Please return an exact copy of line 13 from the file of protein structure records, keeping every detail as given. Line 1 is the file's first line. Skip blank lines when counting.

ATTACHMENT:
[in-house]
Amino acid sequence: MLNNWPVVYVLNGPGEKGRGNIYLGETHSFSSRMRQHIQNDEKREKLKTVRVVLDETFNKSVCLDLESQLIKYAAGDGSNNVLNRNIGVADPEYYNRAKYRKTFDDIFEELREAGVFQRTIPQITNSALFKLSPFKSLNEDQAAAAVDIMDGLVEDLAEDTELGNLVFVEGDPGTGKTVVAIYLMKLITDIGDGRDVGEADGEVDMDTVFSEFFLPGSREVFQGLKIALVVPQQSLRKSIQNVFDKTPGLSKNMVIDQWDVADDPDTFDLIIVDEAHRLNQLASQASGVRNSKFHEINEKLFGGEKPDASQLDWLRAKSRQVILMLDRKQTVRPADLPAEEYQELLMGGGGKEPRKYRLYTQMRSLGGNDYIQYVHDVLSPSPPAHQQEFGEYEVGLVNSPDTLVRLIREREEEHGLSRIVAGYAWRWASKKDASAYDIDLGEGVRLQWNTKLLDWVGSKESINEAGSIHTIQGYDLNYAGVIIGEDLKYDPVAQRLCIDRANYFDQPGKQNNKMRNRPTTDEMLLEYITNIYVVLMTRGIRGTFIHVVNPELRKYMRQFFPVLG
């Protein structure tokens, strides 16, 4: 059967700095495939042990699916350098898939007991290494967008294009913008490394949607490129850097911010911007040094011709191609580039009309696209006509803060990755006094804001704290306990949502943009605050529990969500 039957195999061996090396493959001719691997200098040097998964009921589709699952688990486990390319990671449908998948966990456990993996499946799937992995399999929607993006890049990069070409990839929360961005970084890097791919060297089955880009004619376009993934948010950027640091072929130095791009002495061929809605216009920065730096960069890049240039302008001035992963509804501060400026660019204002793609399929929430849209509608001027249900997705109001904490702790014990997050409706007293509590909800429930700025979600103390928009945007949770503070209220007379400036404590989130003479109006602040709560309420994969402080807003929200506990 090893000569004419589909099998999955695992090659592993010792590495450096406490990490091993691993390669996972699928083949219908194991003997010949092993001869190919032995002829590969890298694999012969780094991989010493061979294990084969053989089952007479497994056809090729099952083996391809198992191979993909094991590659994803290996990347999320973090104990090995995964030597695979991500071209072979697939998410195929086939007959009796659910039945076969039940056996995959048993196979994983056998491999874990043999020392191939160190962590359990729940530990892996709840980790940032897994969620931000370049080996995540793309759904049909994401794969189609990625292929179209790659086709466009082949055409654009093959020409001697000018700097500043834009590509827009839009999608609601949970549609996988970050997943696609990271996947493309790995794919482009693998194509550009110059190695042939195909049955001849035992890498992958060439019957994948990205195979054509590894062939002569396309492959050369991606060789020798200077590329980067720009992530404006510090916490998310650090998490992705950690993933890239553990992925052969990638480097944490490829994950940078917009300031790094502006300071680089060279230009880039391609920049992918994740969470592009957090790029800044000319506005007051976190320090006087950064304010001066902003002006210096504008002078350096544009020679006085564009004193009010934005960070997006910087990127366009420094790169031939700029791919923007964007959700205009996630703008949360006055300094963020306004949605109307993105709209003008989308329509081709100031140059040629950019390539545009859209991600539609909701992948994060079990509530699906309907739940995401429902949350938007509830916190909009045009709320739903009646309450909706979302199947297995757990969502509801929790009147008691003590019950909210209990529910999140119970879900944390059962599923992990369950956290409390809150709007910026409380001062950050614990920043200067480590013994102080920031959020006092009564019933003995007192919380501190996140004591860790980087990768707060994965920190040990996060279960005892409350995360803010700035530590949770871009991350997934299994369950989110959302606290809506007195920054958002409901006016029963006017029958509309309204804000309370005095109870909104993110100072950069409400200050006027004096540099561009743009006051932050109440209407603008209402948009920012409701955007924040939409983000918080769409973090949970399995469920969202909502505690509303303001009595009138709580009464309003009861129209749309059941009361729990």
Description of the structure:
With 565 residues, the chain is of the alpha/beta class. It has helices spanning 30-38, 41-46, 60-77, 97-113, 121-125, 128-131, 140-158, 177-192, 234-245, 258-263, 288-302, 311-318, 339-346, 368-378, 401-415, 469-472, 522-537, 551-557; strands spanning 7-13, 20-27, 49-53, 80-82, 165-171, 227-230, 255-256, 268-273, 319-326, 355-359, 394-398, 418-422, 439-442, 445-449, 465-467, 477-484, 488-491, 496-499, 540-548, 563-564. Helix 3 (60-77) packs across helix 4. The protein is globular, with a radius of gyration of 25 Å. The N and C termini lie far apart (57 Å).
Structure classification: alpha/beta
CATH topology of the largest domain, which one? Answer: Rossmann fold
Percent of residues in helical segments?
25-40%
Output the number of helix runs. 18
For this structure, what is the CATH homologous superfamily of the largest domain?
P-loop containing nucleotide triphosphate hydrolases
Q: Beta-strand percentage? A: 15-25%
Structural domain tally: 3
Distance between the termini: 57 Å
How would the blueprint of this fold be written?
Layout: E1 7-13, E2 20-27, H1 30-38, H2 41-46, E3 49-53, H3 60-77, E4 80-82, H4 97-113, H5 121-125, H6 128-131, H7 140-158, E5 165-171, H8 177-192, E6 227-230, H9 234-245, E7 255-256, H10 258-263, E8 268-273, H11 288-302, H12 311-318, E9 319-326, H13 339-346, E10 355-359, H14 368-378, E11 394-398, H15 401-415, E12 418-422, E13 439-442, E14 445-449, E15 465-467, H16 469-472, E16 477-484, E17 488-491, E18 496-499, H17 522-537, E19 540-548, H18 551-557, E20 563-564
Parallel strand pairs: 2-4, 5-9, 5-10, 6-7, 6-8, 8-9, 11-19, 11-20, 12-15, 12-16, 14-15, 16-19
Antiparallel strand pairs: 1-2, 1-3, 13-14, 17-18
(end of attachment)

Q: Beta-strand percentage? A: 15-25%